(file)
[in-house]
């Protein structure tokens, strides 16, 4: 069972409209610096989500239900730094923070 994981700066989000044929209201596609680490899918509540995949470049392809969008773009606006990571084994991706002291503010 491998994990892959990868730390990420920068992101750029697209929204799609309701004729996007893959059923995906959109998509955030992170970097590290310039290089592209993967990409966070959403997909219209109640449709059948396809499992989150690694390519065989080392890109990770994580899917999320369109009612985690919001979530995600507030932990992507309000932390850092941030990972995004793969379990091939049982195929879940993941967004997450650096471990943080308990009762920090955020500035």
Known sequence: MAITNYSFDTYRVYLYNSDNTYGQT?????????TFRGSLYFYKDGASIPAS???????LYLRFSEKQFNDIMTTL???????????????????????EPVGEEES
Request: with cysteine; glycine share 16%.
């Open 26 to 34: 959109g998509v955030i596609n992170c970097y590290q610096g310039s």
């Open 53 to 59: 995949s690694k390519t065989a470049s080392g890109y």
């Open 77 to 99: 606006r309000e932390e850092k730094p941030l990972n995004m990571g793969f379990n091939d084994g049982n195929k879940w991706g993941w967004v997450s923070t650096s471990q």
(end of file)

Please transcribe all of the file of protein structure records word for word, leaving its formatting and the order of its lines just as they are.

[in-house]
């Protein structure tokens, strides 16, 4: 069972409209610096989500239900730094923070 994981700066989000044929209201596609680490899918509540995949470049392809969008773009606006990571084994991706002291503010 491998994990892959990868730390990420920068992101750029697209929204799609309701004729996007893959059923995906959109998509955030992170970097590290310039290089592209993967990409966070959403997909219209109640449709059948396809499992989150690694390519065989080392890109990770994580899917999320369109009612985690919001979530995600507030932990992507309000932390850092941030990972995004793969379990091939049982195929879940993941967004997450650096471990943080308990009762920090955020500035």
Known sequence: MAITNYSFDTYRVYLYNSDNTYGQT?????????TFRGSLYFYKDGASIPAS???????LYLRFSEKQFNDIMTTL???????????????????????EPVGEEES
Request: with cysteine; glycine share 16%.
């Open 26 to 34: 959109g998509v955030i596609n992170c970097y590290q610096g310039s």
């Open 53 to 59: 995949s690694k390519t065989a470049s080392g890109y």
């Open 77 to 99: 606006r309000e932390e850092k730094p941030l990972n995004m990571g793969f379990n091939d084994g049982n195929k879940w991706g993941w967004v997450s923070t650096s471990q």